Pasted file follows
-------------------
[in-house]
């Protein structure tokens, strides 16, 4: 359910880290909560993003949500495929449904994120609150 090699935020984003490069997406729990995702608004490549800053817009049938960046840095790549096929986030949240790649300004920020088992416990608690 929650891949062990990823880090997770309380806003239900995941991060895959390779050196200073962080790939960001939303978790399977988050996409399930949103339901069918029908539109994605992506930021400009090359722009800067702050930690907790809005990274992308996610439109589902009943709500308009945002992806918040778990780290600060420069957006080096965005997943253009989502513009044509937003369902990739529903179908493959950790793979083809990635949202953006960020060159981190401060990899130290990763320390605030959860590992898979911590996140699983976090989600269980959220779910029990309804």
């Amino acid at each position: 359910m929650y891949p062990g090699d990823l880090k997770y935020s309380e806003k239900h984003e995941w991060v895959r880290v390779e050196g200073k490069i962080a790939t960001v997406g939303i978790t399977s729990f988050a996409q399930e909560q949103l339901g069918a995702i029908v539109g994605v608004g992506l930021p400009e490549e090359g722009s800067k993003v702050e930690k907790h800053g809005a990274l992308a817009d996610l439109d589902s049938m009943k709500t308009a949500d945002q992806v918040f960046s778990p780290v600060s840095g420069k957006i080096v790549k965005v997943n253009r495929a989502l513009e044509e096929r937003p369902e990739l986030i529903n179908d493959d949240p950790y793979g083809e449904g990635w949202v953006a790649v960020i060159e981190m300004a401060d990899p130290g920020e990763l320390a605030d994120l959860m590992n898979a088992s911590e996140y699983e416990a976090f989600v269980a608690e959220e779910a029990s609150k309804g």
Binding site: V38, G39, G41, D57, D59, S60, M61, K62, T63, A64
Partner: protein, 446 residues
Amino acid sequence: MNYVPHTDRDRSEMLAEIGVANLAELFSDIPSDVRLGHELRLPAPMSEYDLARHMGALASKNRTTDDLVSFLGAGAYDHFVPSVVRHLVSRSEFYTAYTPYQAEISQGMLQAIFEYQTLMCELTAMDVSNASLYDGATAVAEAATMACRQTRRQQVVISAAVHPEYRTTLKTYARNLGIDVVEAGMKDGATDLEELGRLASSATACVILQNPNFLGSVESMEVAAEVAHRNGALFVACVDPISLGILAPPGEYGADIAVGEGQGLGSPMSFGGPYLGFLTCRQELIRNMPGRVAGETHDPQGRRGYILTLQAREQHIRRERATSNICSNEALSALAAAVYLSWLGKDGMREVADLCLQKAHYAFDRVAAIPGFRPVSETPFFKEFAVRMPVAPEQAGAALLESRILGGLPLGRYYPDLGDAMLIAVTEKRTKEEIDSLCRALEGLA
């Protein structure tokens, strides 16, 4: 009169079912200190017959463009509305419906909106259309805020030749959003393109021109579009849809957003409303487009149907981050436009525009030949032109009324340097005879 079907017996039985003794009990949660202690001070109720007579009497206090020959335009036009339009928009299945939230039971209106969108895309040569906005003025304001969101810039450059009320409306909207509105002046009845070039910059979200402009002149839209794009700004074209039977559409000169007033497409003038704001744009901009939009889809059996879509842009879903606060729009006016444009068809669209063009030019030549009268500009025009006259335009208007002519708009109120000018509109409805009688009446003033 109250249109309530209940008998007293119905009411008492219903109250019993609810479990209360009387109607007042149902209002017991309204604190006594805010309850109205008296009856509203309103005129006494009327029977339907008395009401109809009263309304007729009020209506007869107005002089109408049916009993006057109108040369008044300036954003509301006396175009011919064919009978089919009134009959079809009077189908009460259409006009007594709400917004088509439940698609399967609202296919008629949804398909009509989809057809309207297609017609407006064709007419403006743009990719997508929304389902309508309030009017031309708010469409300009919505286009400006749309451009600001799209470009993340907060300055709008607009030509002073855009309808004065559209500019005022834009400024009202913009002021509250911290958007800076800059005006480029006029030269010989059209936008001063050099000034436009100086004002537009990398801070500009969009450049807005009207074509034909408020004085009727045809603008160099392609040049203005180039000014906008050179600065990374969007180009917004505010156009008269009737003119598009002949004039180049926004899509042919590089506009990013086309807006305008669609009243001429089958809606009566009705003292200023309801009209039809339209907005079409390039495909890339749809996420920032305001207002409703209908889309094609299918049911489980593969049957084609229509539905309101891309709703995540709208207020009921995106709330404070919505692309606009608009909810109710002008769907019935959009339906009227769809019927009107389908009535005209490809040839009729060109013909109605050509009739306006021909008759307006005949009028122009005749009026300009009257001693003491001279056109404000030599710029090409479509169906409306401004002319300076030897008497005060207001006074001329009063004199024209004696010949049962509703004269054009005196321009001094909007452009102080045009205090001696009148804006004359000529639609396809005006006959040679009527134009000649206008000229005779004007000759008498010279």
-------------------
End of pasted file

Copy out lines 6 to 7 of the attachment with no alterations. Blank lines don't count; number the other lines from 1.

Amino acid sequence: MNYVPHTDRDRSEMLAEIGVANLAELFSDIPSDVRLGHELRLPAPMSEYDLARHMGALASKNRTTDDLVSFLGAGAYDHFVPSVVRHLVSRSEFYTAYTPYQAEISQGMLQAIFEYQTLMCELTAMDVSNASLYDGATAVAEAATMACRQTRRQQVVISAAVHPEYRTTLKTYARNLGIDVVEAGMKDGATDLEELGRLASSATACVILQNPNFLGSVESMEVAAEVAHRNGALFVACVDPISLGILAPPGEYGADIAVGEGQGLGSPMSFGGPYLGFLTCRQELIRNMPGRVAGETHDPQGRRGYILTLQAREQHIRRERATSNICSNEALSALAAAVYLSWLGKDGMREVADLCLQKAHYAFDRVAAIPGFRPVSETPFFKEFAVRMPVAPEQAGAALLESRILGGLPLGRYYPDLGDAMLIAVTEKRTKEEIDSLCRALEGLA
């Protein structure tokens, strides 16, 4: 009169079912200190017959463009509305419906909106259309805020030749959003393109021109579009849809957003409303487009149907981050436009525009030949032109009324340097005879 079907017996039985003794009990949660202690001070109720007579009497206090020959335009036009339009928009299945939230039971209106969108895309040569906005003025304001969101810039450059009320409306909207509105002046009845070039910059979200402009002149839209794009700004074209039977559409000169007033497409003038704001744009901009939009889809059996879509842009879903606060729009006016444009068809669209063009030019030549009268500009025009006259335009208007002519708009109120000018509109409805009688009446003033 109250249109309530209940008998007293119905009411008492219903109250019993609810479990209360009387109607007042149902209002017991309204604190006594805010309850109205008296009856509203309103005129006494009327029977339907008395009401109809009263309304007729009020209506007869107005002089109408049916009993006057109108040369008044300036954003509301006396175009011919064919009978089919009134009959079809009077189908009460259409006009007594709400917004088509439940698609399967609202296919008629949804398909009509989809057809309207297609017609407006064709007419403006743009990719997508929304389902309508309030009017031309708010469409300009919505286009400006749309451009600001799209470009993340907060300055709008607009030509002073855009309808004065559209500019005022834009400024009202913009002021509250911290958007800076800059005006480029006029030269010989059209936008001063050099000034436009100086004002537009990398801070500009969009450049807005009207074509034909408020004085009727045809603008160099392609040049203005180039000014906008050179600065990374969007180009917004505010156009008269009737003119598009002949004039180049926004899509042919590089506009990013086309807006305008669609009243001429089958809606009566009705003292200023309801009209039809339209907005079409390039495909890339749809996420920032305001207002409703209908889309094609299918049911489980593969049957084609229509539905309101891309709703995540709208207020009921995106709330404070919505692309606009608009909810109710002008769907019935959009339906009227769809019927009107389908009535005209490809040839009729060109013909109605050509009739306006021909008759307006005949009028122009005749009026300009009257001693003491001279056109404000030599710029090409479509169906409306401004002319300076030897008497005060207001006074001329009063004199024209004696010949049962509703004269054009005196321009001094909007452009102080045009205090001696009148804006004359000529639609396809005006006959040679009527134009000649206008000229005779004007000759008498010279």